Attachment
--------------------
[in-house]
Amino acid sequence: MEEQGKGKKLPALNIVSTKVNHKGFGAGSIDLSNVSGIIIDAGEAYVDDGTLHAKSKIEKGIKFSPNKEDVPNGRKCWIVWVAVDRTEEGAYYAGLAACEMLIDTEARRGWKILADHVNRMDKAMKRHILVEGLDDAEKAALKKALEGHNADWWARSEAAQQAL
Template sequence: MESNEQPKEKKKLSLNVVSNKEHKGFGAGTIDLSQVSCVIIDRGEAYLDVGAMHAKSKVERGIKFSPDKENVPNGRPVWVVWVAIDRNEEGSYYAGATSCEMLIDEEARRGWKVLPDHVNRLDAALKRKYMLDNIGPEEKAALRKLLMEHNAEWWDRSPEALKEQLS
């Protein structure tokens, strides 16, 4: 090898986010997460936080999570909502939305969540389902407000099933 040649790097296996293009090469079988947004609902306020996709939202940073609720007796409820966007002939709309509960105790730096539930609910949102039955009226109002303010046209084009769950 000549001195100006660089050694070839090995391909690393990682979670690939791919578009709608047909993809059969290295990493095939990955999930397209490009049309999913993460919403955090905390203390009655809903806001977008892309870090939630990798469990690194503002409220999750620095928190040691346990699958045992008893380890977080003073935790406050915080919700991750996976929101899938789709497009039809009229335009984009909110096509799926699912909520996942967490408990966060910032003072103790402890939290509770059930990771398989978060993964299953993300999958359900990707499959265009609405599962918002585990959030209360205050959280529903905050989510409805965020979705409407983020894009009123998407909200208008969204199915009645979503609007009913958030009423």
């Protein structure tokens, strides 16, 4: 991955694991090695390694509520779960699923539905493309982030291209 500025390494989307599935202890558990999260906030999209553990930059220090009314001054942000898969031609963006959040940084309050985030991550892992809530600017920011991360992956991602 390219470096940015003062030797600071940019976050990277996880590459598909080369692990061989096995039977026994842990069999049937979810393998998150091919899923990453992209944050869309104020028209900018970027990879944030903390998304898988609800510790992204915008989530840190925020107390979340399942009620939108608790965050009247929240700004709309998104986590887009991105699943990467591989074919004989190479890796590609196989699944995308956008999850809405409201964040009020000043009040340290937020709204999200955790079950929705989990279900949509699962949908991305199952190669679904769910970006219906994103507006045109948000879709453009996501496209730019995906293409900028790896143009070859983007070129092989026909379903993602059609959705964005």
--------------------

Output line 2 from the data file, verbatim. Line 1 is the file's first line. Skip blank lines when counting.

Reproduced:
Amino acid sequence: MEEQGKGKKLPALNIVSTKVNHKGFGAGSIDLSNVSGIIIDAGEAYVDDGTLHAKSKIEKGIKFSPNKEDVPNGRKCWIVWVAVDRTEEGAYYAGLAACEMLIDTEARRGWKILADHVNRMDKAMKRHILVEGLDDAEKAALKKALEGHNADWWARSEAAQQAL